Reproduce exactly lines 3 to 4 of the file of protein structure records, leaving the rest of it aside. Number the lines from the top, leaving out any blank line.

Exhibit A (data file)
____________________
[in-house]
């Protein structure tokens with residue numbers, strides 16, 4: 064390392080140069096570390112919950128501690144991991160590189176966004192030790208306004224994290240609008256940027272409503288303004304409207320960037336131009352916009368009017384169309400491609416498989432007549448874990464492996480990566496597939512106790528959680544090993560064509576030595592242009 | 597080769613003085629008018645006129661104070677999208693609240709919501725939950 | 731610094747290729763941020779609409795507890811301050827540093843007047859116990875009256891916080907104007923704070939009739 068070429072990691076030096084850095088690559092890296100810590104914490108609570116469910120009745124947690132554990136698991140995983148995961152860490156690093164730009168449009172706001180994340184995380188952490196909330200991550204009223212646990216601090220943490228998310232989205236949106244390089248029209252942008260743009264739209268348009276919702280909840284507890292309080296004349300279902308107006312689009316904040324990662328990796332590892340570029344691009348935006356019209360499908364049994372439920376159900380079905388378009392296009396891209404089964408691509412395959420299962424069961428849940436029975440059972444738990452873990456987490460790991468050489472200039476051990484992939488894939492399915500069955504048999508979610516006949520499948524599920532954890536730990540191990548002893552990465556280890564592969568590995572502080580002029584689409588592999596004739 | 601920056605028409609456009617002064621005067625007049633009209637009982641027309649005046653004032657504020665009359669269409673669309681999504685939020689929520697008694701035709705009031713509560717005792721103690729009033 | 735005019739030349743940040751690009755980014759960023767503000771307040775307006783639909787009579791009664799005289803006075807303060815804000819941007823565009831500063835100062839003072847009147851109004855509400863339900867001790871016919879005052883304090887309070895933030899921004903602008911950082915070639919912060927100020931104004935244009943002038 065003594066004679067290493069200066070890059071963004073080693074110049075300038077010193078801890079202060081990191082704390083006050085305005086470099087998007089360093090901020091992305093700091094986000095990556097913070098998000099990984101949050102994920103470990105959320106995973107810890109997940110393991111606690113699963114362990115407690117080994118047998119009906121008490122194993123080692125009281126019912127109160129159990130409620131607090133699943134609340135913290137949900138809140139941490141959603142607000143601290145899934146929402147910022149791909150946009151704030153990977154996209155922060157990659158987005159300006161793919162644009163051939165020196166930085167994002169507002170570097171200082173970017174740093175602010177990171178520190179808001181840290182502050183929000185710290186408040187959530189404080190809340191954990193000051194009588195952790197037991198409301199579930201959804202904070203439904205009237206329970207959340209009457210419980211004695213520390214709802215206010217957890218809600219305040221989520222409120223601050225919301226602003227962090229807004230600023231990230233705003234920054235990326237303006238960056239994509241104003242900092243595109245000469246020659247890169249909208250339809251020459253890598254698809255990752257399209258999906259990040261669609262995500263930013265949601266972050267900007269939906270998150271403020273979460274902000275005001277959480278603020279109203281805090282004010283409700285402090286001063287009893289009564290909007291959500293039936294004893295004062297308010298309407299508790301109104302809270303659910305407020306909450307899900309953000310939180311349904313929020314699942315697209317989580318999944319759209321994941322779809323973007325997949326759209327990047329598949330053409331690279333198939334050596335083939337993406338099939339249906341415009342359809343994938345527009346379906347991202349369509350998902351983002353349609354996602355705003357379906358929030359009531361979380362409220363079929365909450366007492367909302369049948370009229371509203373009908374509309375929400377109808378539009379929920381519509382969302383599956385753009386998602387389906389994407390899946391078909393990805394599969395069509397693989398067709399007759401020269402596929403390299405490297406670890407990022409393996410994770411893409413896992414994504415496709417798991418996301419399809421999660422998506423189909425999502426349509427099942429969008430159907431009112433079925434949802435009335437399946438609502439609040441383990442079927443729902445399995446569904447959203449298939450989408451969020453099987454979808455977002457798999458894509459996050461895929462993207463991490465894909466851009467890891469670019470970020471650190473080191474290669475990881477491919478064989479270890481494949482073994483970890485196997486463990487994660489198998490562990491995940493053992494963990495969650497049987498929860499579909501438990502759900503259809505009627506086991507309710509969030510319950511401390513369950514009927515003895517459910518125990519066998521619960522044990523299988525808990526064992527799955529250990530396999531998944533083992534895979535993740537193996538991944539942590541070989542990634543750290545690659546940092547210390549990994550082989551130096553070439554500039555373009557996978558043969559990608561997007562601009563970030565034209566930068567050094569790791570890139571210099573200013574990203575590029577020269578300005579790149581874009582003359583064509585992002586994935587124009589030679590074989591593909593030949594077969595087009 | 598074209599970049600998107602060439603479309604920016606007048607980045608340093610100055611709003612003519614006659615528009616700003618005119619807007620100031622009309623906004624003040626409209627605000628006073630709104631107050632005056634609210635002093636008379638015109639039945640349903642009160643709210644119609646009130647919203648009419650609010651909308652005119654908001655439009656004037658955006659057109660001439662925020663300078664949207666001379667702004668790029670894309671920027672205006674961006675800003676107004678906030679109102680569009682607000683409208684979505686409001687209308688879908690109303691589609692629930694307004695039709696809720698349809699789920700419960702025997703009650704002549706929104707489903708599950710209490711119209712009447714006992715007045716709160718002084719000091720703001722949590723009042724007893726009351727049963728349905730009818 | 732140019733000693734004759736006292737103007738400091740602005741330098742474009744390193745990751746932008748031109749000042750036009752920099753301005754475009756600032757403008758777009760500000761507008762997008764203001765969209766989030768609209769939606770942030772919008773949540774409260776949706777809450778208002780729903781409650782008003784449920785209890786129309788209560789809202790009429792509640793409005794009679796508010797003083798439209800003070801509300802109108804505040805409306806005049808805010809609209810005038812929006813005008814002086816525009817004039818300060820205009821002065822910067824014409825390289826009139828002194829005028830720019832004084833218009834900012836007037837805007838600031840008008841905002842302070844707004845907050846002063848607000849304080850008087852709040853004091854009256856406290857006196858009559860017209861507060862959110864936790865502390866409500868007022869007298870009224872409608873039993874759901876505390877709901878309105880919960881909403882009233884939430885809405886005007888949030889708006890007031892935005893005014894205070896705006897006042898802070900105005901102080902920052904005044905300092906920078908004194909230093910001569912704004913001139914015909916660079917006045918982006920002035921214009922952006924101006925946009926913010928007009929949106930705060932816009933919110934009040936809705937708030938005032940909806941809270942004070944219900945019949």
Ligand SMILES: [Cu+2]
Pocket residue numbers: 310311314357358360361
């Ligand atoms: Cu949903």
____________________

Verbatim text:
Ligand SMILES: [Cu+2]
Pocket residue numbers: 310311314357358360361